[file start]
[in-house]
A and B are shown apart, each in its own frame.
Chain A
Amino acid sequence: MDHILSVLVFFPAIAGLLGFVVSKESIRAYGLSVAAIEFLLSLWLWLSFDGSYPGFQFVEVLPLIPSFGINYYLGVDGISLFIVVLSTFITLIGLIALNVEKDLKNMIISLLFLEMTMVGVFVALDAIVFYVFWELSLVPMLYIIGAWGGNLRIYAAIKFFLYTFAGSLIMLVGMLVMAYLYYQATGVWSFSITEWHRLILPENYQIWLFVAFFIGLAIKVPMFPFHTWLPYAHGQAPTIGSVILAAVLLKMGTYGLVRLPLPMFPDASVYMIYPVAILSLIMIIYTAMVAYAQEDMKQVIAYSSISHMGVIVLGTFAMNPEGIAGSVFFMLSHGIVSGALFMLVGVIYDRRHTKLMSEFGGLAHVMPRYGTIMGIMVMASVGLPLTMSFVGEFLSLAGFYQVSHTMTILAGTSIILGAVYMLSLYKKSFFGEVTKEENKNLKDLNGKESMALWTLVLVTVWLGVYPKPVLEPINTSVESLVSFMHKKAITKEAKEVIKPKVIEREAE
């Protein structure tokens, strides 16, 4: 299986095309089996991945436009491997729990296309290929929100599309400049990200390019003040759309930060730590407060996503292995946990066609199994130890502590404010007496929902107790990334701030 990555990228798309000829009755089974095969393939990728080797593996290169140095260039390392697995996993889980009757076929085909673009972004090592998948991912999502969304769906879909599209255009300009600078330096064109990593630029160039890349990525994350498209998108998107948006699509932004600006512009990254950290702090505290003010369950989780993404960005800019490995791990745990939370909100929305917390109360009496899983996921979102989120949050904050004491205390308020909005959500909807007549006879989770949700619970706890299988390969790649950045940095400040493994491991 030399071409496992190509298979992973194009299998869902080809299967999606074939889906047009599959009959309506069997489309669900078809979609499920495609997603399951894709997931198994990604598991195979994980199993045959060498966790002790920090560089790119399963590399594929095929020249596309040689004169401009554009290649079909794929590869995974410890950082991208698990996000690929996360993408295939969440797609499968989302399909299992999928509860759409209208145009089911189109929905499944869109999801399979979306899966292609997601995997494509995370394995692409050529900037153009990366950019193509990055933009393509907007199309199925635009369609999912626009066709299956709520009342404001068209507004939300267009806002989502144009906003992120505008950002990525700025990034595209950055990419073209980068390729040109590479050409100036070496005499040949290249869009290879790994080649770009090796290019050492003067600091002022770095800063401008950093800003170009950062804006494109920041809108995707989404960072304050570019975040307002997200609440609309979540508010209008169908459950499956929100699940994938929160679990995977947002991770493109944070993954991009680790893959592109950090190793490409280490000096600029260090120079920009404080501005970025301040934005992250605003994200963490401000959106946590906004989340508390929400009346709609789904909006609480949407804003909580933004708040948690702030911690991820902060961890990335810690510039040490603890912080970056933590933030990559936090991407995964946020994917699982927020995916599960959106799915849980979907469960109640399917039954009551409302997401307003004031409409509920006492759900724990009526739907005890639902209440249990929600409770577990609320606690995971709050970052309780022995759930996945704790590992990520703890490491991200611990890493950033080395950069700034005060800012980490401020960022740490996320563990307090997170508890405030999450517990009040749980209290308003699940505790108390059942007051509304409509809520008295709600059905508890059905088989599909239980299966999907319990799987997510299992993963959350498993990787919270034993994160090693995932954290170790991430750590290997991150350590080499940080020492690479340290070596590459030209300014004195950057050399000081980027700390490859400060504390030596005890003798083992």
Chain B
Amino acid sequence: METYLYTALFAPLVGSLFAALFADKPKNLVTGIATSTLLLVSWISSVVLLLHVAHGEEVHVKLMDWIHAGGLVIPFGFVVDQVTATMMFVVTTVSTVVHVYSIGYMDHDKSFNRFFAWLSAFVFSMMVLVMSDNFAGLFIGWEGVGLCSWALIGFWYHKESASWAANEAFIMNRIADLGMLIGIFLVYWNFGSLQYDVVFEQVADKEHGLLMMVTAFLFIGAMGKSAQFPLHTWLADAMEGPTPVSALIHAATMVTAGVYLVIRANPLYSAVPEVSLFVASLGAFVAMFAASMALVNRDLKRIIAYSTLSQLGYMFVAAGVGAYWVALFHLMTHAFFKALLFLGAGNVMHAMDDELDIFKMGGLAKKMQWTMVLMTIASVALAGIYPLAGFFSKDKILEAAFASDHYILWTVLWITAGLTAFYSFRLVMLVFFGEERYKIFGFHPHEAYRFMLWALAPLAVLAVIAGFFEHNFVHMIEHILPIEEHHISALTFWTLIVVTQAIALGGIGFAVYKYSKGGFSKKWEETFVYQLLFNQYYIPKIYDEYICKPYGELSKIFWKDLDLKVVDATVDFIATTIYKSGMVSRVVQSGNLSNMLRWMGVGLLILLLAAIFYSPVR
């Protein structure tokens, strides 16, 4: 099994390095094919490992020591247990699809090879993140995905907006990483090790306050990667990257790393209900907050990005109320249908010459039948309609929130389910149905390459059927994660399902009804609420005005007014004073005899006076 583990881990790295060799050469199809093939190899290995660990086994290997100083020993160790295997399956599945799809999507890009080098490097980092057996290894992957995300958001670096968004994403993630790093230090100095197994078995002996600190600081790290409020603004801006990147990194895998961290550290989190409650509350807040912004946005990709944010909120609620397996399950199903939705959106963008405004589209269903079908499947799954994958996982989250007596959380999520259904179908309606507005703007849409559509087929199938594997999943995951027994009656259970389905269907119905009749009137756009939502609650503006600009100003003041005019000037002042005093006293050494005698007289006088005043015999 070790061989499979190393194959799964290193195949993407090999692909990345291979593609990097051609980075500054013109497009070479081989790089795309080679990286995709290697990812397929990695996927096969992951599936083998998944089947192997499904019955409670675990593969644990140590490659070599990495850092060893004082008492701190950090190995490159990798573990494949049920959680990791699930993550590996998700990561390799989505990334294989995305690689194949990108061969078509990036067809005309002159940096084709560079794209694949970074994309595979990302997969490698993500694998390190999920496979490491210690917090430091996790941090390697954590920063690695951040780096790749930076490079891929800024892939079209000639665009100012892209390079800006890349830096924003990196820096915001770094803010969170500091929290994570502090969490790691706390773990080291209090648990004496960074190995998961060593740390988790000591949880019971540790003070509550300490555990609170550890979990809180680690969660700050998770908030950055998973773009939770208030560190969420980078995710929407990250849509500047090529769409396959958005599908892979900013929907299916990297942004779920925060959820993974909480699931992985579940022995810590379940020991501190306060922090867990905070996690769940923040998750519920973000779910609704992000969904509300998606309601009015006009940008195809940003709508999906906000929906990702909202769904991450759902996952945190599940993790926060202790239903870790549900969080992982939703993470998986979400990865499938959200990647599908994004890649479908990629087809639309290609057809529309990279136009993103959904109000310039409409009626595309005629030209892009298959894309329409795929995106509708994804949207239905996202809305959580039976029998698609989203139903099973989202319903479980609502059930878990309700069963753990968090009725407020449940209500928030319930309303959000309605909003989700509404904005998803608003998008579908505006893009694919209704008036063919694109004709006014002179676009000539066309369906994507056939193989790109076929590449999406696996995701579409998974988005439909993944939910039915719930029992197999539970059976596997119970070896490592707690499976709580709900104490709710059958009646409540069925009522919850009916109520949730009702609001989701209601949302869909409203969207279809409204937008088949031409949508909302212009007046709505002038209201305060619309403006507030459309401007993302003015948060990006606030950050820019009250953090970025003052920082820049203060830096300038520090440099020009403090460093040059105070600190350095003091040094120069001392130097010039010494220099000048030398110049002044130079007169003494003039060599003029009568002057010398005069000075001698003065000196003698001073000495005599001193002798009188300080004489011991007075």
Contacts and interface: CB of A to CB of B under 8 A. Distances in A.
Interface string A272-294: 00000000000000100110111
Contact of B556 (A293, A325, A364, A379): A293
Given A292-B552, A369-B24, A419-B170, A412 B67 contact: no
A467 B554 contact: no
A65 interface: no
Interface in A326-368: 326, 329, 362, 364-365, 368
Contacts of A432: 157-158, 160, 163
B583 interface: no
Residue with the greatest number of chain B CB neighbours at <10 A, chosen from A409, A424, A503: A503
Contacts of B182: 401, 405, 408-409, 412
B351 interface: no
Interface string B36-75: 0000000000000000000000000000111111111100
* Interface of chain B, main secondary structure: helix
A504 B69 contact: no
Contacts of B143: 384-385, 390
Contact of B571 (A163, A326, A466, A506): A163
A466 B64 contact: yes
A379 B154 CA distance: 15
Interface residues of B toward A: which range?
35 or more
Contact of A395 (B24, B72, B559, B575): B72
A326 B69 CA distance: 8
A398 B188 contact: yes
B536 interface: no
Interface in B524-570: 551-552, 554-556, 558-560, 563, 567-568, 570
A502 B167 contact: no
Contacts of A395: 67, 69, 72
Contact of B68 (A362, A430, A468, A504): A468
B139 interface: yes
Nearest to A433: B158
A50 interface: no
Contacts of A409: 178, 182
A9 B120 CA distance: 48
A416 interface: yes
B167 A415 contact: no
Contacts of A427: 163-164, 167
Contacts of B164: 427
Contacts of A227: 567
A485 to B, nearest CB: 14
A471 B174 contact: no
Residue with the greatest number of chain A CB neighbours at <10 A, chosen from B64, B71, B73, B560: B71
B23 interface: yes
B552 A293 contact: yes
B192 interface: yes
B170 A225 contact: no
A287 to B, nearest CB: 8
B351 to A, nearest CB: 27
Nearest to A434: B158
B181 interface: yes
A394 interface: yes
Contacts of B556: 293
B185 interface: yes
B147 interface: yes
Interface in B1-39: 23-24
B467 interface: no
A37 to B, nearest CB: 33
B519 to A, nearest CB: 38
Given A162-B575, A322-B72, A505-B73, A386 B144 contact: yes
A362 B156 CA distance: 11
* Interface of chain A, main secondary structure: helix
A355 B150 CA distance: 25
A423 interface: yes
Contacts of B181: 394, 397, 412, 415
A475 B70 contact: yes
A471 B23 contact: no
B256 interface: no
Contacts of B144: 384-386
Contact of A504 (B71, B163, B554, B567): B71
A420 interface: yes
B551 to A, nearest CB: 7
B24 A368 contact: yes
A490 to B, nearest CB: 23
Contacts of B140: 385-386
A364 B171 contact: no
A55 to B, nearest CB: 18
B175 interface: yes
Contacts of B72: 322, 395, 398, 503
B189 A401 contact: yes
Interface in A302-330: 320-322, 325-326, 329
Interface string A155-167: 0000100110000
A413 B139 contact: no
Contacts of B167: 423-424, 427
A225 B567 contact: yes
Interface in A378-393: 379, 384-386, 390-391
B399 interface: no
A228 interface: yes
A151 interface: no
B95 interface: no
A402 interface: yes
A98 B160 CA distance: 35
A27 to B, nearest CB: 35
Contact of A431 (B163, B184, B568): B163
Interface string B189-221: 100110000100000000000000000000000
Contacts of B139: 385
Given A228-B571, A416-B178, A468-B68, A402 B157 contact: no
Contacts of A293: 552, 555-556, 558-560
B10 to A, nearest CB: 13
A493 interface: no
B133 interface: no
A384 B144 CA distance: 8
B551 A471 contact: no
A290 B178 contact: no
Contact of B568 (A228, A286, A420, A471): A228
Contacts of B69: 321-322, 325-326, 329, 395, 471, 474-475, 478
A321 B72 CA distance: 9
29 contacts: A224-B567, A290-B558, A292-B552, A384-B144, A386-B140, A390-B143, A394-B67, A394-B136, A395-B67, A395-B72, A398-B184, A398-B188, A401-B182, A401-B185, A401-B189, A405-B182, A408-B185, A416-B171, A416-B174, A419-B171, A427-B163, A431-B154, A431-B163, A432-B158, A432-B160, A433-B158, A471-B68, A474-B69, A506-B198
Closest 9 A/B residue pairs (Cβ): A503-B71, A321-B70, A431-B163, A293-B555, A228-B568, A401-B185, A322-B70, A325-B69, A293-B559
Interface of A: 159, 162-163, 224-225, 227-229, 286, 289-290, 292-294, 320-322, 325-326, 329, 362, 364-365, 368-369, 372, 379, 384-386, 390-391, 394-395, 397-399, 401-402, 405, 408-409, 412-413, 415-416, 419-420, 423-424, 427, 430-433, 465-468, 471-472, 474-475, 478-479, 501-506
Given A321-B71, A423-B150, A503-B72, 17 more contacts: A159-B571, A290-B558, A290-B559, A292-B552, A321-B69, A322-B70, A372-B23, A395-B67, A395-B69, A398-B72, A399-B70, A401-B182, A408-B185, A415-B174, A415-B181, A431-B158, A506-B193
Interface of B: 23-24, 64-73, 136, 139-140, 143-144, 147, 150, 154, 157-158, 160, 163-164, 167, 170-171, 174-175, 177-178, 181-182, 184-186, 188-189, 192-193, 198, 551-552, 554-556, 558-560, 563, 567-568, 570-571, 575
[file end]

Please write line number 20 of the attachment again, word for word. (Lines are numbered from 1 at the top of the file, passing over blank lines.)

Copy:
B351 interface: no